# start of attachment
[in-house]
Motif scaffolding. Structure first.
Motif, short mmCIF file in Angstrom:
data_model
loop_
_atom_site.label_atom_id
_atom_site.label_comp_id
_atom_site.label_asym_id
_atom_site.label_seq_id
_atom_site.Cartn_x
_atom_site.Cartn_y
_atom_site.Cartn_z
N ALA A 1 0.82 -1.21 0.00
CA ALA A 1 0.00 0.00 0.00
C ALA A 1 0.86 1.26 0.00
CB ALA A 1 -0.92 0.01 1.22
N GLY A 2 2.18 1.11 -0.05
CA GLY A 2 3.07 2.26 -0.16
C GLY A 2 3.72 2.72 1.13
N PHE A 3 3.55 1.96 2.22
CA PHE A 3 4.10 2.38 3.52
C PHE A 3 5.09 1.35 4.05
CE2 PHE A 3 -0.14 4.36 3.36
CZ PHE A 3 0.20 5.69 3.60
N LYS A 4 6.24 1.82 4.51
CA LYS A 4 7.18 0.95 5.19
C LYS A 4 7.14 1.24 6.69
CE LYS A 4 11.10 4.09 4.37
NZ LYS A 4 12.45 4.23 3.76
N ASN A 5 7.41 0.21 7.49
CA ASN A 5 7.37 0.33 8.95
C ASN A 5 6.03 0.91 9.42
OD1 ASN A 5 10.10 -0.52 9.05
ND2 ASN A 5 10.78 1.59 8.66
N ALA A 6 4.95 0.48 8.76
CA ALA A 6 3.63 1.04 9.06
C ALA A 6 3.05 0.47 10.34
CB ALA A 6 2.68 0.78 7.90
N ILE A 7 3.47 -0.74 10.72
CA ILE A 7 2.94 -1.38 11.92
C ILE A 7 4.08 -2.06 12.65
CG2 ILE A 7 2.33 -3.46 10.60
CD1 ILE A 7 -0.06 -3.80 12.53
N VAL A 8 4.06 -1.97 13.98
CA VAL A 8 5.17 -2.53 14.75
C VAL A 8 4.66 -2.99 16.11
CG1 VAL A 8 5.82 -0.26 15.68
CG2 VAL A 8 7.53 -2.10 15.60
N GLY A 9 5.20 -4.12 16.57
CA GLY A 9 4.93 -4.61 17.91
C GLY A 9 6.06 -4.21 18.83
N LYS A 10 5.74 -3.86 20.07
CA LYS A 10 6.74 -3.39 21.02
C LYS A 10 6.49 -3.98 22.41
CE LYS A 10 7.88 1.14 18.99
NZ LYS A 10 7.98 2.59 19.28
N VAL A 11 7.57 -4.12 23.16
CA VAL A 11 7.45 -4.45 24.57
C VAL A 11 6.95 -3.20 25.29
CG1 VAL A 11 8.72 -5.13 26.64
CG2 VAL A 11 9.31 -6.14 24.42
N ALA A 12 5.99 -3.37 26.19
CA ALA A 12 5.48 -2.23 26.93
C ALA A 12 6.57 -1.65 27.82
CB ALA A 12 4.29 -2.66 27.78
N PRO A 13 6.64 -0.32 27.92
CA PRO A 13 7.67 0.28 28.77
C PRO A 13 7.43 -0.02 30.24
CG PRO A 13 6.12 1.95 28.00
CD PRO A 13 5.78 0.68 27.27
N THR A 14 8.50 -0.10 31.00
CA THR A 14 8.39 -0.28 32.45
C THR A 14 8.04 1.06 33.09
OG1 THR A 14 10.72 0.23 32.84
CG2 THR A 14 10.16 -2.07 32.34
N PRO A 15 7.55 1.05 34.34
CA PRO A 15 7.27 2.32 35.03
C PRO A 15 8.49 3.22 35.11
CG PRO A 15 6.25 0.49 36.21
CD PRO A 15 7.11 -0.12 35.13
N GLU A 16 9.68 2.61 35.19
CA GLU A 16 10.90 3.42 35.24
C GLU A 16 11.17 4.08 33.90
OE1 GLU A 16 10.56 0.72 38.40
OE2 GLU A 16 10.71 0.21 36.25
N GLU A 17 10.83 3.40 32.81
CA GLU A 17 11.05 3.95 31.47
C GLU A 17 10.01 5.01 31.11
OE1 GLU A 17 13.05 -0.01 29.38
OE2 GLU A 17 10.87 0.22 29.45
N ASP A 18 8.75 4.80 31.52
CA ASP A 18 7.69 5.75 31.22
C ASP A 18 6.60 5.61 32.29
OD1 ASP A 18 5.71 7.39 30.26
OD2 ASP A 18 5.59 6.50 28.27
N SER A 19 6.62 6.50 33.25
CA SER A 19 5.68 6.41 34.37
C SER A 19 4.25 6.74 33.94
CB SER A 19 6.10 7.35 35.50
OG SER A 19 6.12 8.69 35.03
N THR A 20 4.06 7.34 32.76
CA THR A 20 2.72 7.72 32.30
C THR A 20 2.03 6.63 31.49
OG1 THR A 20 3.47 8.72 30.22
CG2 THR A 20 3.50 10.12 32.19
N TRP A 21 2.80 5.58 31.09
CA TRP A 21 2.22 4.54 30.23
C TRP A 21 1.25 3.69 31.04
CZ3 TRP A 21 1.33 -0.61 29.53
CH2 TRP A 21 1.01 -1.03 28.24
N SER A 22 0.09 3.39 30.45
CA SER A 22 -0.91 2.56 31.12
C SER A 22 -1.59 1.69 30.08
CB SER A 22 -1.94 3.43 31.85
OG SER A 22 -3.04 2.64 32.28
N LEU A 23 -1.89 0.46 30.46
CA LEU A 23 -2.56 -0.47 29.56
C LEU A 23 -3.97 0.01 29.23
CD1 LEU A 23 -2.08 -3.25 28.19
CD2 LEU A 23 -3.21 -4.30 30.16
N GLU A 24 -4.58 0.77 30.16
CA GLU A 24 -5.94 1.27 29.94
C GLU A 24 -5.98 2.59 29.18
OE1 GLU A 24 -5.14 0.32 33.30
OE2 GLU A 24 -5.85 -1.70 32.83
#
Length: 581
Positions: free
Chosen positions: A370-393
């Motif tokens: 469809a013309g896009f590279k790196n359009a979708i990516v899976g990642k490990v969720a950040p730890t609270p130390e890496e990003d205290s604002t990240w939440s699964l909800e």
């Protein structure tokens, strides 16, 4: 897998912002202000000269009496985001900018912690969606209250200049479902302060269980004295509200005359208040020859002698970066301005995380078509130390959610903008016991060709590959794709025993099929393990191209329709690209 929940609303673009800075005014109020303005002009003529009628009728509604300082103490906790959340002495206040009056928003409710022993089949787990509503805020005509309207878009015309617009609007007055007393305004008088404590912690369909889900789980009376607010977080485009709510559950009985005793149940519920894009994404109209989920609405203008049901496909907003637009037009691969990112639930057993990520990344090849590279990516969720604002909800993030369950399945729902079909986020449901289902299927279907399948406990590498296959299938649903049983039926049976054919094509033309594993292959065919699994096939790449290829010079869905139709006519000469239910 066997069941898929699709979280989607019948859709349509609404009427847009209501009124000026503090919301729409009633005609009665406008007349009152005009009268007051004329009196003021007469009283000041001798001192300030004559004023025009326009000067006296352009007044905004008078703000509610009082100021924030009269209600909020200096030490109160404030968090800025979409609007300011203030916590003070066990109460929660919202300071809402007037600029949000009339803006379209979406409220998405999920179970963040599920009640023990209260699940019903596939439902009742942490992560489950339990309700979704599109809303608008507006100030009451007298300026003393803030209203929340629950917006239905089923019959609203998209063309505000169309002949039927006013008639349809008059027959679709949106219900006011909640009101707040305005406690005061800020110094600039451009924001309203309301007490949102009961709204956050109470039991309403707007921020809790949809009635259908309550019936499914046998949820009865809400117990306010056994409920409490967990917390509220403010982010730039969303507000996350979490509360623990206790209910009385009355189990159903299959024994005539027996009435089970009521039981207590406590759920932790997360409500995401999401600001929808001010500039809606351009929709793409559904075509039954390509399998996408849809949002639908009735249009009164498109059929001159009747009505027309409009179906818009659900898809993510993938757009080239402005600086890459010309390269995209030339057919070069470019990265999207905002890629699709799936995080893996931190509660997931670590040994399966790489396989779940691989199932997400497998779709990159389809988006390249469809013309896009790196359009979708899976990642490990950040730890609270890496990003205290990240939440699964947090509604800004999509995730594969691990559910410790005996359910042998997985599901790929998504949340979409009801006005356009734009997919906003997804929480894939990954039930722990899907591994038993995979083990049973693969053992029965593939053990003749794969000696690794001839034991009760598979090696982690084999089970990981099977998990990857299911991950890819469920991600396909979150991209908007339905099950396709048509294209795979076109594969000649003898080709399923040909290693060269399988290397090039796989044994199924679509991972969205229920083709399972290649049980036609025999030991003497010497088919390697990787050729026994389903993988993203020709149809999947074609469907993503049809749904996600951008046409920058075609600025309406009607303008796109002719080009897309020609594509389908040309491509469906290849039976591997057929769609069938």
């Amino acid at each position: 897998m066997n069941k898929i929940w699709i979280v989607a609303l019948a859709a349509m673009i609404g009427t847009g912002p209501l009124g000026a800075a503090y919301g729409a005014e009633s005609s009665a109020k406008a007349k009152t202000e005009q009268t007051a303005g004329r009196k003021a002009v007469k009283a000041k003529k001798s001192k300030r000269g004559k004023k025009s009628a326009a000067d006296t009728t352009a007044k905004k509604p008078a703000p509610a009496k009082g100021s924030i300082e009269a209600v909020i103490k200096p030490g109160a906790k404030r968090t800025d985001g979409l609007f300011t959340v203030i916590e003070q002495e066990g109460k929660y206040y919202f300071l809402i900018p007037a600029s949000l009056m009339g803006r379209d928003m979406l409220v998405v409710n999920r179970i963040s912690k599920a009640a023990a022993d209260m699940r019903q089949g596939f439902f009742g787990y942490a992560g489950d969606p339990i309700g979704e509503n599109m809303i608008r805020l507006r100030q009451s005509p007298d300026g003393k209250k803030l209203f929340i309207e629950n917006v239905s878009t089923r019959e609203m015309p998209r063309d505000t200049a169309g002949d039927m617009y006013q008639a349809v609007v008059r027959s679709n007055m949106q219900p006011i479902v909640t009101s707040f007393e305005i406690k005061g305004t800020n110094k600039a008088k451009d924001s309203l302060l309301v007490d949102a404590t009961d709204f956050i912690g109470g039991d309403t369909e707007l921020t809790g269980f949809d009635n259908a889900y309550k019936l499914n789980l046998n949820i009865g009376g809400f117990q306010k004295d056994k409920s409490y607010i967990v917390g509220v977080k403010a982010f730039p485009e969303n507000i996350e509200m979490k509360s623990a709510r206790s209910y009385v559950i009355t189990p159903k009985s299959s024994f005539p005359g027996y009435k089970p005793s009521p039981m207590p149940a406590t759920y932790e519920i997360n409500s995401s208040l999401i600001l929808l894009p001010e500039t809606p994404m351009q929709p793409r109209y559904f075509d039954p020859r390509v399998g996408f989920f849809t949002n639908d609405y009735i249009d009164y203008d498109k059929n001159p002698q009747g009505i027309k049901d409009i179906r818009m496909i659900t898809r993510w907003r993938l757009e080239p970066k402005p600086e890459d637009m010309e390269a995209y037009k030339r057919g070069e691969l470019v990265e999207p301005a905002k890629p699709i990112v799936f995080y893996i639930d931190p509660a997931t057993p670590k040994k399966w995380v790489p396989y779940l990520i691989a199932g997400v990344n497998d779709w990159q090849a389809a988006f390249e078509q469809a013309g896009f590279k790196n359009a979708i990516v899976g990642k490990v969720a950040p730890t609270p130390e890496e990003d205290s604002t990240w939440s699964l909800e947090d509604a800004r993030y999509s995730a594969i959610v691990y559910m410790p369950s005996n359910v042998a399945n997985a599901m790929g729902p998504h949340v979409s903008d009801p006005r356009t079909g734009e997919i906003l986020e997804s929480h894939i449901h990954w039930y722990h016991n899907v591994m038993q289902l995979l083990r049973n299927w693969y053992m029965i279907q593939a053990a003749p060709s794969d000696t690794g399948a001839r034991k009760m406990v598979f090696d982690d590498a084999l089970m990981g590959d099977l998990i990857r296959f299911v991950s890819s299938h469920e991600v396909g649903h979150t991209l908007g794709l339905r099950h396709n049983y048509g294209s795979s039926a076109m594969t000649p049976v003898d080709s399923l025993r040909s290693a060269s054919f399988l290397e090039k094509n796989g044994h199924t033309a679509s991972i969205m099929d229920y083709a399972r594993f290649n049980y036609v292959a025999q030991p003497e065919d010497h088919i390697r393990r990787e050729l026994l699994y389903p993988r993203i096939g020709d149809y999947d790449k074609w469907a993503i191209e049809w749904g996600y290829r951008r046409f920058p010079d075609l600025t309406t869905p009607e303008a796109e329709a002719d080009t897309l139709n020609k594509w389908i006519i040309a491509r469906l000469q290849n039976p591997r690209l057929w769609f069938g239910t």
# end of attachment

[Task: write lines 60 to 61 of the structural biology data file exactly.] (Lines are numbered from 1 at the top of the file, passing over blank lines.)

CG1 VAL A 11 8.72 -5.13 26.64
CG2 VAL A 11 9.31 -6.14 24.42